DEBORAH ROSS: Baptiste’s a winner – at Crime Show Bingo
(first 50 minutes)
(last 10 minutes)
Warning: a bit spoilery
Friday, Sky One
Baptiste is the latest thriller from Jack and Harry Williams, the brothers who wrote The Missing and, less successfully, Liar. It is a standalone series for Julien Baptiste (Tchéky Karyo), the French detective from The Missing who, we now know, survived his brain tumour surgery but is not the man he was. ‘I am not the man I was,’ he said on at least three occasions. So there was no room for doubt there.
Baptiste is wistful and melancholic, now living in Amsterdam with a limp, and is drawn into a case that, if this were Crime Drama Bingo, would have you shouting ‘House!’ in no time at all. Sex workers? Check. Missing young woman? Check. Sex-trafficking? Check. Wistful, melancholic detective? Check. Bad Eastern Europeans? Check. On the other hand, I suppose, if this featured a jolly detective who only encountered pleasant Romanians (or Albanians; always Romanians or Albanians) and prostitutes who were happy in their work and not given to suddenly disappearing, it might be a bit lame storywise. I do get that.
Tchéky Karyo and Tom Hollander in Baptiste. This is the latest thriller from Jack and Harry Williams, the brothers who wrote The Missing and, less successfully, Liar
And the ennui of the first 50 minutes was, surely, offset by the final ten minutes and a brilliant twist that I did not see coming at all. They know how to pull it out of the bag, those Williams boys. Or keep it in the bag, I suppose. If you saw those closing minutes, you will definitely know of what I speak. And it’s still giving me the heebie-jeebies, even now.
The deal here is that Baptiste is quietly getting on with his wistful, melancholic, limping life when an old flame, a Dutch police commissioner, asks him to assist on a case. (Former detective lured back into action because only he can solve this crime… check!) He is introduced to Edward Stratton (a wonderfully stressed and sweaty Tom Hollander), the Englishman who is searching for his missing niece, a florist. I’m joshing you. She’s a sex worker. And drug addict. (Check!) Potential plotlines were here, there and everywhere. There’s a decapitation with a chainsaw. There’s a German Shepherd digging for something in a tulip field. There is a basement filled with unhappy young women. There’s the bad Romanian fella who may still be bad but is now a woman. However, the through line is the relationship between Baptiste and Edward. Foolishly, we take Edward at face value, as does Baptiste, but he does have an excuse. Indeed, as he may have pointed out for even a fourth time: ‘I am not the man I was.’
He does talk in plaintive platitudes, does Baptiste. ‘She believed she was taking drugs but they were taking her.’ Or: ‘Human feeling is a mystery’ – even if Freud might think otherwise. This cop is now not much cop – in the sense that the character is too familiar and too familiarly crumpled to be interesting – plus, aside from one unlikely chase scene, it was dramatically slow. But an opening episode is always about putting ducks in a row. I also get that. (I’m not stupid!) And the ending ramped it up magnificently. What is Edward’s game, and when will Baptiste be onto him? Or would he be onto him already? If only he was the man he once was.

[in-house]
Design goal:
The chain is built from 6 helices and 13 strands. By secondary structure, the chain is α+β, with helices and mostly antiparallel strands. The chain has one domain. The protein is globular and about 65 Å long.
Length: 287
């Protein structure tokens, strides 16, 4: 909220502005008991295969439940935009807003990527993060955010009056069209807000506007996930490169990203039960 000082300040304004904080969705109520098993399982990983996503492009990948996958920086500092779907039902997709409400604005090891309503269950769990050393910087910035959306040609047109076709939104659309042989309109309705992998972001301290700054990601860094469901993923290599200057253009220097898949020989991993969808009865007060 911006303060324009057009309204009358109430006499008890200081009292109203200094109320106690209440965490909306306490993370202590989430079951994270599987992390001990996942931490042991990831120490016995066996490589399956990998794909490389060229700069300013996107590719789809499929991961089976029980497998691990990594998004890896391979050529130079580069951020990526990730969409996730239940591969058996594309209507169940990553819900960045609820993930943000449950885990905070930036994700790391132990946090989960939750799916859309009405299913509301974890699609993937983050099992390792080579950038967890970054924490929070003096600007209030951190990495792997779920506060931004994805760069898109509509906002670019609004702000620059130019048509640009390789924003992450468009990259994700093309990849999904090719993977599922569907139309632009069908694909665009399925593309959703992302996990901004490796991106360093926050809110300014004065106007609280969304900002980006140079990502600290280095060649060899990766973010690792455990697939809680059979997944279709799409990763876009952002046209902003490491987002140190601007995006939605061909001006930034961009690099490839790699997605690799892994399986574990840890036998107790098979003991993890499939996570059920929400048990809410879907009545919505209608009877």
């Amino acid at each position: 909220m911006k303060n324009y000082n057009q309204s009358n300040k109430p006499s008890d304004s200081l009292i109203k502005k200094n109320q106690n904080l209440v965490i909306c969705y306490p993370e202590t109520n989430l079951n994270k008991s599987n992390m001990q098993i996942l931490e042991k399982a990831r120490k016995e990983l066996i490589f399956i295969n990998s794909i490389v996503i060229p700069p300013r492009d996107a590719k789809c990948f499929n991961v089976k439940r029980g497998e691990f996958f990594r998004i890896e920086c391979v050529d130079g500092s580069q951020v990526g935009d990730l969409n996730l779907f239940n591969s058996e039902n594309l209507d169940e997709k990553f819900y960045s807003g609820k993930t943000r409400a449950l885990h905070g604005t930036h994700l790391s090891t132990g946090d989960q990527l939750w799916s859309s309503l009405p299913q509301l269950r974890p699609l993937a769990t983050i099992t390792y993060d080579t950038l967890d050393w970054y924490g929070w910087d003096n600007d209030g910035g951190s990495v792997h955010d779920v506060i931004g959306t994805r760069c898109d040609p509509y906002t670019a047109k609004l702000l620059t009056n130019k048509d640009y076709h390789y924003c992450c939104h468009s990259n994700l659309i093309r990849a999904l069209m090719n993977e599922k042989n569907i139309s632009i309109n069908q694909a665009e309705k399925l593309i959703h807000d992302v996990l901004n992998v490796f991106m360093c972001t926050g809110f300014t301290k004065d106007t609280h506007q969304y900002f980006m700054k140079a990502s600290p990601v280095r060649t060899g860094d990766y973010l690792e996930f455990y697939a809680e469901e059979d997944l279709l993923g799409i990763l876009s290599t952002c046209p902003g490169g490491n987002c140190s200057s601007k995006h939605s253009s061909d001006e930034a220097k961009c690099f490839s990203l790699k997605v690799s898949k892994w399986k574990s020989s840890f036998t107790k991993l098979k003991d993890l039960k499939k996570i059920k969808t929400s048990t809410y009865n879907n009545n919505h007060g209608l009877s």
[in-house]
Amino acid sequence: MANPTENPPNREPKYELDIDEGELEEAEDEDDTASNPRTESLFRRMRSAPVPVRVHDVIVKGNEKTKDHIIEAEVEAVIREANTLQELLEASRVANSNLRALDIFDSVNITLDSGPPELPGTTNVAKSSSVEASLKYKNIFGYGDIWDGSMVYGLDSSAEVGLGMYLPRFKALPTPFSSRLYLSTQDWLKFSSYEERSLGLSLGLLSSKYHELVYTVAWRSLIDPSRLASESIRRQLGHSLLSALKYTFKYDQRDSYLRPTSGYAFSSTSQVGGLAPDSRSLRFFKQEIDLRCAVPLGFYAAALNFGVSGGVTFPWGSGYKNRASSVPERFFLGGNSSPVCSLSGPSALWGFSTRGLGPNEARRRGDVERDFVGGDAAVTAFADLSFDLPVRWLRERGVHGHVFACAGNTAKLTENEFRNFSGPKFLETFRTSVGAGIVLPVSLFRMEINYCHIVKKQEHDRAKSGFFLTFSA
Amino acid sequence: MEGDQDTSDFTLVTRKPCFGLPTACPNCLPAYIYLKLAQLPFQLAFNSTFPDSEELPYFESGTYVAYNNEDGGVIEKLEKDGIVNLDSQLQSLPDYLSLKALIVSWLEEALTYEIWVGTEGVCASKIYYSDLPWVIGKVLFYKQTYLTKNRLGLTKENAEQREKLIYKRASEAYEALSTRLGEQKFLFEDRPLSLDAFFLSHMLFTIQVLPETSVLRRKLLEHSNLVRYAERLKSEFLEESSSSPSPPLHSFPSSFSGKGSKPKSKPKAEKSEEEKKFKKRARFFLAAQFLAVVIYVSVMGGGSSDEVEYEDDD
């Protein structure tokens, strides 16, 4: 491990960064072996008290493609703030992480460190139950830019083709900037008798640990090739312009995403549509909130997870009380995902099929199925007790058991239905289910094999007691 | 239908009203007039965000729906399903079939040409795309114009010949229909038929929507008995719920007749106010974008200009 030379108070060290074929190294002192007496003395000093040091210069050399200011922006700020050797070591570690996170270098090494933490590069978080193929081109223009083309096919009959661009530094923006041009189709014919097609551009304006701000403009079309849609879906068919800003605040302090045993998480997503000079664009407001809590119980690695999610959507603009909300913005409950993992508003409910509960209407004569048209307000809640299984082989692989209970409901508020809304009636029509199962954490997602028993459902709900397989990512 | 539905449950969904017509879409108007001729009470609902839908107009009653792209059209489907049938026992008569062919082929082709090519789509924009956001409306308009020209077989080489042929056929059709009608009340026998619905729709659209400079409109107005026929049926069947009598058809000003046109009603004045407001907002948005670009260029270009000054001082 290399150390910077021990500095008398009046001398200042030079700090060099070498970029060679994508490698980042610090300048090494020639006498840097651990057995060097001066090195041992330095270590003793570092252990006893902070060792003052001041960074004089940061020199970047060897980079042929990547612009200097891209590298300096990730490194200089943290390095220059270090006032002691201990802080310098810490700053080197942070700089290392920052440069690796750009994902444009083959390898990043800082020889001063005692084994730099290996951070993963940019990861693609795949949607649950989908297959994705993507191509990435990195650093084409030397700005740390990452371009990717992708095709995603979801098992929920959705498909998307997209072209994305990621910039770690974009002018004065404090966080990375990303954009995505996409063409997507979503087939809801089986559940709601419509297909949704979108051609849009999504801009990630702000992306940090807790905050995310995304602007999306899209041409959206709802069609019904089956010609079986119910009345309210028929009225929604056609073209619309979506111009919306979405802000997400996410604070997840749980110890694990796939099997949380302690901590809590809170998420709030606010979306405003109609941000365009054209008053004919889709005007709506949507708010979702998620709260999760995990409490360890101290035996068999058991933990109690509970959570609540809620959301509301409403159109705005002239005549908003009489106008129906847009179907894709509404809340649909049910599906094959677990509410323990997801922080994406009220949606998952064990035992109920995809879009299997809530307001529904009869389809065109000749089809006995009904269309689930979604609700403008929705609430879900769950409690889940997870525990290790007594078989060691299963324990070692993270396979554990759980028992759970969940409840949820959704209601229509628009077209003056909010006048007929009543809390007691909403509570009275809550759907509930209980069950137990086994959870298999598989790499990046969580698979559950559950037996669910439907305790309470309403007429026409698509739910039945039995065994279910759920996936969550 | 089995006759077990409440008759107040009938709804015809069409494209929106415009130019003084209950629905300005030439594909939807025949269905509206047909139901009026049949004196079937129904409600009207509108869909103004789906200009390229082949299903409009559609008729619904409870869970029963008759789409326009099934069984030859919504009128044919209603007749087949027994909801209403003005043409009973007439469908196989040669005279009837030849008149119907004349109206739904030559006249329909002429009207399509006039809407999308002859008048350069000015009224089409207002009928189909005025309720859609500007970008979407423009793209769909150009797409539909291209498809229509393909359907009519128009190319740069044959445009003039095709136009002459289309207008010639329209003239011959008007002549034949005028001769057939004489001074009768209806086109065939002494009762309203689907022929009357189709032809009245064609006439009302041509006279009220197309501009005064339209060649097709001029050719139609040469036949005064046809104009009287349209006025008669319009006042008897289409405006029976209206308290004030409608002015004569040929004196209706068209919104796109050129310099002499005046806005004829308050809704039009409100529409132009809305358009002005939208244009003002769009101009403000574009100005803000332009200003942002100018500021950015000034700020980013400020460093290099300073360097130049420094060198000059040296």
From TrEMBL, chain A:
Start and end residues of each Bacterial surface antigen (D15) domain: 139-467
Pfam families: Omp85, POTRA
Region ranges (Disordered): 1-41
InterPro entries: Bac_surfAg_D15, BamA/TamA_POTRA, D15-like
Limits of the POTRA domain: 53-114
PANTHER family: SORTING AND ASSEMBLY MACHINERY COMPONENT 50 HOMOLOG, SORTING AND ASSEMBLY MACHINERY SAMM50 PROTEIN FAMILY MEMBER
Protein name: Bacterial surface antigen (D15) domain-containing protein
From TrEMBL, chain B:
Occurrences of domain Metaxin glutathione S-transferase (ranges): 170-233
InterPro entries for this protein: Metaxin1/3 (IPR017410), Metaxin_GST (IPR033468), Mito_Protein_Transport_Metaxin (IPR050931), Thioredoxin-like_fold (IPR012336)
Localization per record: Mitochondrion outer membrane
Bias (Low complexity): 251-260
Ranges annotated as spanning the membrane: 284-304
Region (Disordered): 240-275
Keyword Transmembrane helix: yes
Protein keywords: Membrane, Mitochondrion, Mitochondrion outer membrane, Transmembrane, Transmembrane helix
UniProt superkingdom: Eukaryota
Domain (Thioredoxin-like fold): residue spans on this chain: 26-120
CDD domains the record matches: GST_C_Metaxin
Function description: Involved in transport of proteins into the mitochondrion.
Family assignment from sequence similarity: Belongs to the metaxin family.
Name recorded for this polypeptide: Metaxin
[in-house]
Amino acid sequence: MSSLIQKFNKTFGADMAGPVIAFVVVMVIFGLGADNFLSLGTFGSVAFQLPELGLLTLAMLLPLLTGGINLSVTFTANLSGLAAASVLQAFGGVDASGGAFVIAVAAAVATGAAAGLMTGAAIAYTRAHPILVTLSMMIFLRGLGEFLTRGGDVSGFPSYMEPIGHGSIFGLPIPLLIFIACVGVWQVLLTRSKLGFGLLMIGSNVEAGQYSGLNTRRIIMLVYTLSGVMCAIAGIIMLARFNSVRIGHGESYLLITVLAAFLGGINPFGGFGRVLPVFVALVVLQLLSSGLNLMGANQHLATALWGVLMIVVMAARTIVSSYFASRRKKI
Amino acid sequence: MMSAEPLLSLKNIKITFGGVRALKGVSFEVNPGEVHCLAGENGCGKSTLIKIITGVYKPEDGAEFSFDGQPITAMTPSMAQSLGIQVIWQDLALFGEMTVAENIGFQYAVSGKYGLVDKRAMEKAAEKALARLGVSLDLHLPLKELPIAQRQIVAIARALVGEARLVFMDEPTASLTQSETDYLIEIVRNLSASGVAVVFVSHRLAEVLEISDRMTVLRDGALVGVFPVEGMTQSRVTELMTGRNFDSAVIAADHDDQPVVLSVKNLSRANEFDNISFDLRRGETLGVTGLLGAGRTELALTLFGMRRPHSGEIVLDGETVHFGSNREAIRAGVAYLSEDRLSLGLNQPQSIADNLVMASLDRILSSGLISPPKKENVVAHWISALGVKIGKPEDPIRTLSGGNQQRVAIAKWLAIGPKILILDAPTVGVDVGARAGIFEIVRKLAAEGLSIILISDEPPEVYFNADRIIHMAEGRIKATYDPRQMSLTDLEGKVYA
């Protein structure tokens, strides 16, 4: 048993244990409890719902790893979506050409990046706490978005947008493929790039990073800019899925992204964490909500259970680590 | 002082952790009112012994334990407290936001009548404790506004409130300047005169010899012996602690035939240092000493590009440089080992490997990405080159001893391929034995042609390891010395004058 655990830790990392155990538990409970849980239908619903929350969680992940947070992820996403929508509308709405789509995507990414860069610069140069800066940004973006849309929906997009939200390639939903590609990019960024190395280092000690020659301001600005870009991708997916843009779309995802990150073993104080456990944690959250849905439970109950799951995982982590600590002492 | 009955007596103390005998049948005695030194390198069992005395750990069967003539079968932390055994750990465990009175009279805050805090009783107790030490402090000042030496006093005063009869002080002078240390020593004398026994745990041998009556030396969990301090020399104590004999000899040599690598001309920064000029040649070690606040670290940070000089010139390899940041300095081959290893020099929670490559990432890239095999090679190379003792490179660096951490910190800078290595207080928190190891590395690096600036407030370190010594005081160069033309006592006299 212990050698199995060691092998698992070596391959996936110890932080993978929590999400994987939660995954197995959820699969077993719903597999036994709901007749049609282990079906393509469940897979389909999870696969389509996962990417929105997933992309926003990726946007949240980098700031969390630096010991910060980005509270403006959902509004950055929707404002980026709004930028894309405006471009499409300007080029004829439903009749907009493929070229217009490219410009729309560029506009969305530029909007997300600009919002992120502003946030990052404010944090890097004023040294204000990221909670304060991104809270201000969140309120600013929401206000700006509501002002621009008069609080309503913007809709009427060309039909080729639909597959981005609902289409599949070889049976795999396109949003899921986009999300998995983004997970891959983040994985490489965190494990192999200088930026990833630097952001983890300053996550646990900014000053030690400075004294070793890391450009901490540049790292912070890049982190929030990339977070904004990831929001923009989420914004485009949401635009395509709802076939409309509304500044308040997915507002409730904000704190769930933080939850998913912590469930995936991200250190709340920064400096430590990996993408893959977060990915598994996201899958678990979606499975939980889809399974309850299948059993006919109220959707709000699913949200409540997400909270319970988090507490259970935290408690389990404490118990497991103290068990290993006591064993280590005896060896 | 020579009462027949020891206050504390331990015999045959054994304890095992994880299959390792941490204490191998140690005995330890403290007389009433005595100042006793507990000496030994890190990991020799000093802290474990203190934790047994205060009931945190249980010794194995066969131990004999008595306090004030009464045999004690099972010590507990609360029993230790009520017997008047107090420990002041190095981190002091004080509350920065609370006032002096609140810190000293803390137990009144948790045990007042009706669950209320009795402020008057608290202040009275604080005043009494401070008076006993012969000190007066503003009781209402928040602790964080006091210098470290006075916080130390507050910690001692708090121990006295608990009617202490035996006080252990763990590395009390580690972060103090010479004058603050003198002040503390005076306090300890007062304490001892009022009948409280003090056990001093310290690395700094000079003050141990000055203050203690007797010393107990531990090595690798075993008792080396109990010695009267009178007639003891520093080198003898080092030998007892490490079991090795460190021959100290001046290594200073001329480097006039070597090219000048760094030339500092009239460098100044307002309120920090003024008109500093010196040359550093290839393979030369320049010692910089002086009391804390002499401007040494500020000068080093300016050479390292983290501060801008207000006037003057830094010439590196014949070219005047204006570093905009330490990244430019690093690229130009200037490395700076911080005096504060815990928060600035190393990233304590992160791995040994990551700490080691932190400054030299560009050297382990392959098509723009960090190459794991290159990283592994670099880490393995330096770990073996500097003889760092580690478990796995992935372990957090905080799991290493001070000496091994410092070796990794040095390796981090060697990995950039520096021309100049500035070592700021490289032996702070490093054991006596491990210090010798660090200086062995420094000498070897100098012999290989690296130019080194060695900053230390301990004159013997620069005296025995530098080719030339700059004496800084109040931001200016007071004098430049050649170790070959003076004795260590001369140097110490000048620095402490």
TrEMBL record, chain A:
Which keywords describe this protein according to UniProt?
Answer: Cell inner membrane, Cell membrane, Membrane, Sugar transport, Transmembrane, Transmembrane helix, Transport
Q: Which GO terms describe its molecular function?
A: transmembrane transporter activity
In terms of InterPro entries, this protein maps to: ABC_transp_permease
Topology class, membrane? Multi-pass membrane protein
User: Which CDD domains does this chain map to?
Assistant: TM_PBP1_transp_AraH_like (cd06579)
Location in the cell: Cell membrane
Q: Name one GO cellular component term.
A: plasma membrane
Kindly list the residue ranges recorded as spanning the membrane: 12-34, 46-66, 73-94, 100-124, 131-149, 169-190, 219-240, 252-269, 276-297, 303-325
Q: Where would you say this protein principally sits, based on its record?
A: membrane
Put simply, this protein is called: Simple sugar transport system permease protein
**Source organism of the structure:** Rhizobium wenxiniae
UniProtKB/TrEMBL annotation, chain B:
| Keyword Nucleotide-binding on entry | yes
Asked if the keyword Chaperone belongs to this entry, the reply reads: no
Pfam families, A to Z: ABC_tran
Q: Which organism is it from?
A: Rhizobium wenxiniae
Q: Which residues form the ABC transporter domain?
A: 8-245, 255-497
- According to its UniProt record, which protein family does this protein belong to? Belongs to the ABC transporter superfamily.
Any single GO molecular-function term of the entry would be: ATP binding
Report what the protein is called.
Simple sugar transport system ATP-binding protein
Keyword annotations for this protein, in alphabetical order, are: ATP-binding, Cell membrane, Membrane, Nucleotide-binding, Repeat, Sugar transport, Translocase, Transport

Curfew is billed as ‘a street racing drama’ – still no real idea what that is – and offers a bigname cast: Sean Bean, Adrian Lester, Adam Brody and Miranda Richardson. At this point it is usual to say what it’s about – nope, no real idea, and I’m not stupid, as we have already established – and where it works and where it doesn’t and what it is trying to achieve but, in truth, you only need to know one thing: it is profoundly terrible. I didn’t even know Adrian Lester had a bad performance in him. Not stupid, but I can be naive sometimes, for sure.
This is set in the present, but an alternative, dystopian one where a government curfew means everyone must be back in their own homes at the end of the day. It may have something to do with a virus on the loose, but why a curfew would protect you from that, I haven’t a clue. All I can tell you is that there are also scary, flesh-eating creatures around and about, and the only means of escaping all this is by winning an illegal car race as it would allow you to live on ‘an island’ that is beautiful and safe. If that’s the premise (hard to know with any certainty – narrative clarity does not feature strongly here), it is as bonkers as it is unbelievable. Plus this is violent – very – and while the car racing might be a highlight for some, did it have to be so obviously CGI? Meanwhile, for those still playing TV Tropes Bingo, what you’ll most wish to know is whether a car chase results in one car coming off the road and upturning a fruit stall, sending watermelons all over the place. Does it, does it, does it? Yes… Check!